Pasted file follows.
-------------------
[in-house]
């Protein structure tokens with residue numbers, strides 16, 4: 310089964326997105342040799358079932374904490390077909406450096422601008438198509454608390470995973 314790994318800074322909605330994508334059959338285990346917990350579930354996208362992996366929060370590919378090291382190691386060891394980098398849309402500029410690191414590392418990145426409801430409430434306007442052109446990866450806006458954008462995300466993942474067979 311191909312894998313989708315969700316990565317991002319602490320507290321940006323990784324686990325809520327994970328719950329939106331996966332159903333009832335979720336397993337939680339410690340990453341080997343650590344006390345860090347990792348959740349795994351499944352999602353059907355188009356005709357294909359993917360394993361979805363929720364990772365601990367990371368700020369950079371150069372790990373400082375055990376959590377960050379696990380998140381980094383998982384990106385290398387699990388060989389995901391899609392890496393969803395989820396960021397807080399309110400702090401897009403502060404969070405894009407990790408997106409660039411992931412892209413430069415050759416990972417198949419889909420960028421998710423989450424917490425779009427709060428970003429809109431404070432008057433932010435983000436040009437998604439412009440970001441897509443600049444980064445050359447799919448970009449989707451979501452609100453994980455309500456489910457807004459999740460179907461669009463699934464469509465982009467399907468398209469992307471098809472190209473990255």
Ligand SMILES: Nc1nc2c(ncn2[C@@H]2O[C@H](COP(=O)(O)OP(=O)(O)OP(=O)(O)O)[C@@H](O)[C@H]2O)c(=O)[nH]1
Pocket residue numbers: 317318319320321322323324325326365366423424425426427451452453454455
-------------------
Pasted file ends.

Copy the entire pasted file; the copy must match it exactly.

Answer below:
[in-house]
């Protein structure tokens with residue numbers, strides 16, 4: 310089964326997105342040799358079932374904490390077909406450096422601008438198509454608390470995973 314790994318800074322909605330994508334059959338285990346917990350579930354996208362992996366929060370590919378090291382190691386060891394980098398849309402500029410690191414590392418990145426409801430409430434306007442052109446990866450806006458954008462995300466993942474067979 311191909312894998313989708315969700316990565317991002319602490320507290321940006323990784324686990325809520327994970328719950329939106331996966332159903333009832335979720336397993337939680339410690340990453341080997343650590344006390345860090347990792348959740349795994351499944352999602353059907355188009356005709357294909359993917360394993361979805363929720364990772365601990367990371368700020369950079371150069372790990373400082375055990376959590377960050379696990380998140381980094383998982384990106385290398387699990388060989389995901391899609392890496393969803395989820396960021397807080399309110400702090401897009403502060404969070405894009407990790408997106409660039411992931412892209413430069415050759416990972417198949419889909420960028421998710423989450424917490425779009427709060428970003429809109431404070432008057433932010435983000436040009437998604439412009440970001441897509443600049444980064445050359447799919448970009449989707451979501452609100453994980455309500456489910457807004459999740460179907461669009463699934464469509465982009467399907468398209469992307471098809472190209473990255």
Ligand SMILES: Nc1nc2c(ncn2[C@@H]2O[C@H](COP(=O)(O)OP(=O)(O)OP(=O)(O)O)[C@@H](O)[C@H]2O)c(=O)[nH]1
Pocket residue numbers: 317318319320321322323324325326365366423424425426427451452453454455